“It was a stroke of luck having so many great players all there at the same time,” she said.
After losing to Loughgiel in 2015, they were back 12 months later, but were dealt a shattering blow.
“Losing Daddy was definitely a big thing,” Eilís admits. “We really rallied together and the support at that time was massive.
“You were brought on in a gust of wind. You didn’t really know what you should’ve or shouldn’t have been doing, but you were just leaning on other people.”
The support helped steer Eilís, her sisters and the group from session to session and game to game.
Going into the finals, there was the sense of the unknown, from their opponents and vice versa, before success catapulted Sleacht Néill onto the map.
“The gym sessions, the running sessions, the meet ups, it was big ask,” Eilís said. “But, because you were enjoying it at the time, for me, it was a bit of therapy and you came to nearly rely on it and wanted to be there every single time.”
Locked in the team’s bubble, the collective drove the standards through the roof.
“With the management, Dominic (McKinley) was fantastic,” Eilís stated. “He expected an awful lot of us and we gave it back every single time, rising to the occasion. He definitely developed us as a collective to no end.”
It was enough to take them back from the jaws of defeat in a drawn Ulster final against Loughgiel before Mary Kelly’s dramatic goal helped steer them to a first Ulster title when the replay lay in the fire.
Therese Mellon’s goal spearheaded an All-Ireland semi-final win and it was on to Croke Park for the biggest game in club camogie.
Kelly again found the net in the final, but the Emmet’s needed a late wonder score from Eilís to ensure the All-Ireland title was heading north.
It was Kelly’s kick pass that crept into Ní Chaiside’s path on her less-preferred left side, with a testing angle and with her side holding a slender one-point lead.
“The game was going to the wire and bodies were dropping with cramp…there is no hiding place,” she said.
“I remember hitting that ball and swaying my body, urging it to come in and it couldn’t have come at a better time.”
“I remember asking myself how much longer was left. Sarsfields would’ve been on the back foot and then down that pitch. The McGrath girls are flying fit good players, so my heart was in my mouth.”
While taking an All-Ireland title back Sleacht Néill was the Everest in terms of the achievement, the drama and emotion of their two-game Ulster final will never be forgotten.
“We buried Daddy on the Friday and that (drawn) match was the Sunday,” an emotional Eilís recalls.
Amidst the “unbelievable” support and noise in the Athletic Grounds, deep down, she was questioning playing in the game.
“What I even am doing here,” Eilís remembers asking herself. “Coming away from that match, I was so relieved to get another shot at it. I was thinking there is no way I can be this tired, exhausted or this far gone again.”
With the interest in the sport in Ulster growing, playing the replay in Glen added to the occasion in front of a bumper crowd.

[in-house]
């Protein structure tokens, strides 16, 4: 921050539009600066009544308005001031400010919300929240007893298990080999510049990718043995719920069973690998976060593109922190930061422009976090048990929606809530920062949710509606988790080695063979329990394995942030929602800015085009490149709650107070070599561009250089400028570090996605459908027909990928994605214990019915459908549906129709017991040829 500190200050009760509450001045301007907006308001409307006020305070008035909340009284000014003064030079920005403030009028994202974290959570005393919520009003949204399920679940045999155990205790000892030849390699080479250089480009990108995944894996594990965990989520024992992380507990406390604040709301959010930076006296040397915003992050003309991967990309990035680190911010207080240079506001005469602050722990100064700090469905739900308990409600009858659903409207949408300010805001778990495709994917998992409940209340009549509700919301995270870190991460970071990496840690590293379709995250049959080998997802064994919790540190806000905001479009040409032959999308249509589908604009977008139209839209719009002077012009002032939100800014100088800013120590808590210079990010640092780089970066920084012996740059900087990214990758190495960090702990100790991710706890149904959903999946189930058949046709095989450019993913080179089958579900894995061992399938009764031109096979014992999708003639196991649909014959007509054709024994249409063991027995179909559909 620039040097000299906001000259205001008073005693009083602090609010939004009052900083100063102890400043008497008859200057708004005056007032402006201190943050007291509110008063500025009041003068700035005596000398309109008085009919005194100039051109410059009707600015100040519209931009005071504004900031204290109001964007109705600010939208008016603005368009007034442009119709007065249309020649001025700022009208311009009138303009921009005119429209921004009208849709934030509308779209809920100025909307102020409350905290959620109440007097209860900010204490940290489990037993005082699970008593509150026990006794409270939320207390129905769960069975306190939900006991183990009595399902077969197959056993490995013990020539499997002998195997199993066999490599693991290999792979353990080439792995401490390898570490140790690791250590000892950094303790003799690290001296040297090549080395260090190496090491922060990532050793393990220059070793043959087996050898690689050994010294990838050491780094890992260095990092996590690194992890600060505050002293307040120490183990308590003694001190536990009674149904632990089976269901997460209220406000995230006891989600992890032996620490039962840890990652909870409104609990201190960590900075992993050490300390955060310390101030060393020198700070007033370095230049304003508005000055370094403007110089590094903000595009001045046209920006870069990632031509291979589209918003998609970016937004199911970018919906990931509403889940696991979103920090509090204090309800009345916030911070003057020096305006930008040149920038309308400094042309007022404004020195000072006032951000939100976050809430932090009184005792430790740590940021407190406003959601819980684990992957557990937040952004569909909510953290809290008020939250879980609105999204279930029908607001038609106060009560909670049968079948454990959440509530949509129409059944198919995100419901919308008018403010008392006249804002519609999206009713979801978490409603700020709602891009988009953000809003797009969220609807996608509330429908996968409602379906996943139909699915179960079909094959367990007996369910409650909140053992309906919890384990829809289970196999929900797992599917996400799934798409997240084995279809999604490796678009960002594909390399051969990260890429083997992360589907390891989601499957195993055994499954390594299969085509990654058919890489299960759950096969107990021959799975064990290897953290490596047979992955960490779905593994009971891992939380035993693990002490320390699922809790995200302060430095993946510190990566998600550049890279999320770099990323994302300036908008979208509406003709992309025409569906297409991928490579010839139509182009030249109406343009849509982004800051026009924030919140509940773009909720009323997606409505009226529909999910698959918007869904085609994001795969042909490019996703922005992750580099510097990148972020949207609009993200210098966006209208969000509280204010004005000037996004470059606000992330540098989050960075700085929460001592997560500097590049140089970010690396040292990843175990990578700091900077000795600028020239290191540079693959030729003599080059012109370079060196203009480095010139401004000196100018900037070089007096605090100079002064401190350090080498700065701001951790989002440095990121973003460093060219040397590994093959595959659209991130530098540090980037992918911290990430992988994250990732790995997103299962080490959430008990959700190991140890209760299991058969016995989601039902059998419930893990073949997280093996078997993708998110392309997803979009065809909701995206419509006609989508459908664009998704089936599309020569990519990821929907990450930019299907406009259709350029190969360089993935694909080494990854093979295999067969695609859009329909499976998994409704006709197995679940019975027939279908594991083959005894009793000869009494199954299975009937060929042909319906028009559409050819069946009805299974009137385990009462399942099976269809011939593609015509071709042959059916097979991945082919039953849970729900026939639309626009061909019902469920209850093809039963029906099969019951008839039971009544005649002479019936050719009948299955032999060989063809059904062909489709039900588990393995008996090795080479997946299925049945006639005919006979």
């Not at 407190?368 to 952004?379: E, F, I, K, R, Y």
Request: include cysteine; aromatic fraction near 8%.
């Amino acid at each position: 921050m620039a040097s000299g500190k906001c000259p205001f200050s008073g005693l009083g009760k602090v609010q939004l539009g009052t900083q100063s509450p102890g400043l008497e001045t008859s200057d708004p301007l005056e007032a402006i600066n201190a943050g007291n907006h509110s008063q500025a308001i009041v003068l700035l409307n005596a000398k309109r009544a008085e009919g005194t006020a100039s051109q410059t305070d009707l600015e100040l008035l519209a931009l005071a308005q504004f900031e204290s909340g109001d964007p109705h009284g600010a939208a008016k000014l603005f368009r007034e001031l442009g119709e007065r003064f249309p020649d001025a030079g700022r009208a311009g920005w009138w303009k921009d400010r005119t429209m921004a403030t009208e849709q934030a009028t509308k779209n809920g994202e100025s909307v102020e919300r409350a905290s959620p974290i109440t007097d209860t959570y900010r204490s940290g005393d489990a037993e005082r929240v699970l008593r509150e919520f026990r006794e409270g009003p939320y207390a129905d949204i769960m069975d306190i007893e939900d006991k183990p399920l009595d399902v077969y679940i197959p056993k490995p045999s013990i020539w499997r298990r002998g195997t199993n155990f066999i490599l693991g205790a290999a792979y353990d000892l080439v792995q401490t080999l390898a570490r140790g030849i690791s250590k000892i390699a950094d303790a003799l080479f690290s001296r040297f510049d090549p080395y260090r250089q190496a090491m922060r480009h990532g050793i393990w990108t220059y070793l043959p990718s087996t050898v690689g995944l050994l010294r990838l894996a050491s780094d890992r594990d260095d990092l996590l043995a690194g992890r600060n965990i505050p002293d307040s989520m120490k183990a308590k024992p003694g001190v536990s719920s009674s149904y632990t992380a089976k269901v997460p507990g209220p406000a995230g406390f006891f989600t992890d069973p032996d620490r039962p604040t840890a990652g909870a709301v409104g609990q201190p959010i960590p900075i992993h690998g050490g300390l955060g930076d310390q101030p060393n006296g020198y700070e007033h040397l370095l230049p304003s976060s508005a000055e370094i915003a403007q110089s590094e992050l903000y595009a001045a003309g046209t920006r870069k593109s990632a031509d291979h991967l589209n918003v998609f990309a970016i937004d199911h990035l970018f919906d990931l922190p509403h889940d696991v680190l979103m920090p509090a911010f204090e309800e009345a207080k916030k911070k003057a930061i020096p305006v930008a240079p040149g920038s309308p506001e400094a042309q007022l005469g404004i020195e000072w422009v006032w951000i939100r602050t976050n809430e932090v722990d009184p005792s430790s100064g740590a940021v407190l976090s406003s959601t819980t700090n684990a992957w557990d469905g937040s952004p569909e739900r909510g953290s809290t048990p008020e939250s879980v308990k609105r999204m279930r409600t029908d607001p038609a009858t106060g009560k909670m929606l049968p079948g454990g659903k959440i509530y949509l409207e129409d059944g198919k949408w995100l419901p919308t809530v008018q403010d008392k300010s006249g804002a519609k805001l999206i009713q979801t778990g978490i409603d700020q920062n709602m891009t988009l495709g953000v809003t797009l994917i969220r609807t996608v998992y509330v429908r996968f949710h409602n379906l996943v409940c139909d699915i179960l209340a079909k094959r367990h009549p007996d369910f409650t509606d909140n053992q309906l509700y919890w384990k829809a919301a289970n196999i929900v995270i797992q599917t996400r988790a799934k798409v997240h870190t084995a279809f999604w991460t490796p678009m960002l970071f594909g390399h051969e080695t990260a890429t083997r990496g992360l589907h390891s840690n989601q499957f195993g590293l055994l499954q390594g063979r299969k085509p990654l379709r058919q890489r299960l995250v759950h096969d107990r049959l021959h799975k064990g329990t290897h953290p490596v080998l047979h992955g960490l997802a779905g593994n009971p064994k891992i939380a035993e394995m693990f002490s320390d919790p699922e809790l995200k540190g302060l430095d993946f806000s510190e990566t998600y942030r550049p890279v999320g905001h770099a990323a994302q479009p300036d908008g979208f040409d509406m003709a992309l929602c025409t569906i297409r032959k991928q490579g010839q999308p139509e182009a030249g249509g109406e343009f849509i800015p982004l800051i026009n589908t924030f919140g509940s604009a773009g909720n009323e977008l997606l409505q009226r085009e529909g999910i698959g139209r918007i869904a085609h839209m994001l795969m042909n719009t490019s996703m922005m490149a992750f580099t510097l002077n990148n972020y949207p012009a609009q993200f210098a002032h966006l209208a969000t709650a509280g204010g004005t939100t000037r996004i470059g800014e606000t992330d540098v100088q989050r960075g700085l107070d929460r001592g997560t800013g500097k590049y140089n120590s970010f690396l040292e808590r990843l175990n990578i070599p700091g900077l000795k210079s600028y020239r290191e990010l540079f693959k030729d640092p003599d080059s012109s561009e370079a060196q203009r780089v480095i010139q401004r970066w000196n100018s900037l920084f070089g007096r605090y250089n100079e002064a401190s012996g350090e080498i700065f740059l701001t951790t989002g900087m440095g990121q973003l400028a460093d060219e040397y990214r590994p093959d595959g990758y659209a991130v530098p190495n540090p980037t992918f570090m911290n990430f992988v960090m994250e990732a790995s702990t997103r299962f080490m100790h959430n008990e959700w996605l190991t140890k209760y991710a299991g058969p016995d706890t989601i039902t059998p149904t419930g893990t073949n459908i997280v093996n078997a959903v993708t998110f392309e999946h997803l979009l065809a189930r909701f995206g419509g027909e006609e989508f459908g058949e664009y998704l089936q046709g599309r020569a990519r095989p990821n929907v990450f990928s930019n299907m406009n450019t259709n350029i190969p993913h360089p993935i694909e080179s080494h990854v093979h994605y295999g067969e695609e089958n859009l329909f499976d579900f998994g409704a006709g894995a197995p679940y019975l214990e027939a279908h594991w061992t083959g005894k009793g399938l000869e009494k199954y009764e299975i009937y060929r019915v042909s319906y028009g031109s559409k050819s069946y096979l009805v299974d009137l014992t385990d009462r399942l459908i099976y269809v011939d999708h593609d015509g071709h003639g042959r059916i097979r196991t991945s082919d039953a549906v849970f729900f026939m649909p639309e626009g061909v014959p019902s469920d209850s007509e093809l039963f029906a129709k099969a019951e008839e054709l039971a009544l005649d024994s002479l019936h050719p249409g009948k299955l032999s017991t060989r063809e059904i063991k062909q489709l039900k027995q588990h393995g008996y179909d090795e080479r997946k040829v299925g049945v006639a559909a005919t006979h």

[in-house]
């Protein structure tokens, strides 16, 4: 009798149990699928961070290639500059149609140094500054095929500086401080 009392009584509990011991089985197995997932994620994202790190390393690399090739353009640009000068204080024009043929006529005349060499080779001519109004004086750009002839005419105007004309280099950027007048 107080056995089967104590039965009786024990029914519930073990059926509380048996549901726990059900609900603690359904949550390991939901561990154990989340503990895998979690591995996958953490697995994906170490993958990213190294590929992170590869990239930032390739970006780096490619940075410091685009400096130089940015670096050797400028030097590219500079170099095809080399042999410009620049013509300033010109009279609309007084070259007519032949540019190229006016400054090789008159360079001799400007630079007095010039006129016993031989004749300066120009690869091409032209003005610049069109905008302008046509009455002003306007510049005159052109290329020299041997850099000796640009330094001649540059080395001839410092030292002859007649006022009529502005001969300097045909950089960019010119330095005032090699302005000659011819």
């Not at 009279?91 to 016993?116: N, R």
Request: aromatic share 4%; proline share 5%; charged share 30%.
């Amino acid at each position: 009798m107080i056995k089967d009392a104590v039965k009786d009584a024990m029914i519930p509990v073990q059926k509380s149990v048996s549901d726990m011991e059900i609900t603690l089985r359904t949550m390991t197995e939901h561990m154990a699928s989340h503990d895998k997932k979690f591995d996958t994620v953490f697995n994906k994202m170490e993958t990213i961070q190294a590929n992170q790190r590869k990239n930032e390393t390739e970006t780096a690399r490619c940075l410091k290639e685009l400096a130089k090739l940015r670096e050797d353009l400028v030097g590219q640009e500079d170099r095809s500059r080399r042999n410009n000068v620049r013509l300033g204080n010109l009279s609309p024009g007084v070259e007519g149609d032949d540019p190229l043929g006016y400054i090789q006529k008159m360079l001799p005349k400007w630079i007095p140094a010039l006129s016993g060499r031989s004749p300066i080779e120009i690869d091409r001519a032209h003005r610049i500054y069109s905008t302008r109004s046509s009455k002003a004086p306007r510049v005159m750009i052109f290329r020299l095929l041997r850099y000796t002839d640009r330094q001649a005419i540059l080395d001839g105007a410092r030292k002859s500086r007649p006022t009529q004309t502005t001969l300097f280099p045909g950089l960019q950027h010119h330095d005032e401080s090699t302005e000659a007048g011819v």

“Mary Kelly is an absolute hero and always will be”, Eilís beamed. “I will never forget Jerome Quinn’s footage and the stand in Glen when she scored that goal…with everyone jumping like mad.”
After the game, the pitch was packed with family and fans, with players from all over Ulster offering messages of congratulations.
“To be able to share the victory with everybody was so special and you don’t get that in Croke Park,” Eilís compares.
“It is more reflective of what you do on a week to week basis, because it is local area and the pitch. It was extra special and that match, I will never ever forget it.”
Another back to back trio of Derry, Ulster and All-Ireland medals followed, but Eilís had itchy feet and wanted to see what the rest of the world had to offer, just like her parents did when they spent 18 months living in Australia during their youth.
It was always a plan to jet off on graduation from university, but after sticking around to earn a few bob to help her on her way, she was embroiled in a camogie whirlwind of game after game.
“It was hard to walk about from it and when Daddy got sick, I just didn’t want to be away from home,” Eilís admitted.
The euphoria of a third All-Ireland subsided before she booked her ticket.
“I thought if I don’t go and travel before I turn 30, then I am not going afterwards,” she said, with her mind now leaning towards New Zealand.
“I said that’s it…I’m retired. I walked the Camino de Santiago, did a bit more travelling and then packed my bags.
“There are fewer creatures that want to bite you or sting you,” she laughed or decision of going to New Zealand. “The lifestyle lends itself to the outdoors and country living…and the Department of Conservation do a fantastic job.
“Everything is well set up, there are huts here and hikes where you can go for days on end into the wild. There is no (phone) reception, but you are guaranteed a shelter at least.”
All those years exploring around the slopes of Carntogher planted a love of nature.
After leaving on a holiday visa and working initially in the hospital, she decided to plant her roots and apply for a teaching job.
With Covid arriving, she counts herself fortunate at securing a permanent job. Without guaranteed employment, she would’ve been forced back to Ireland.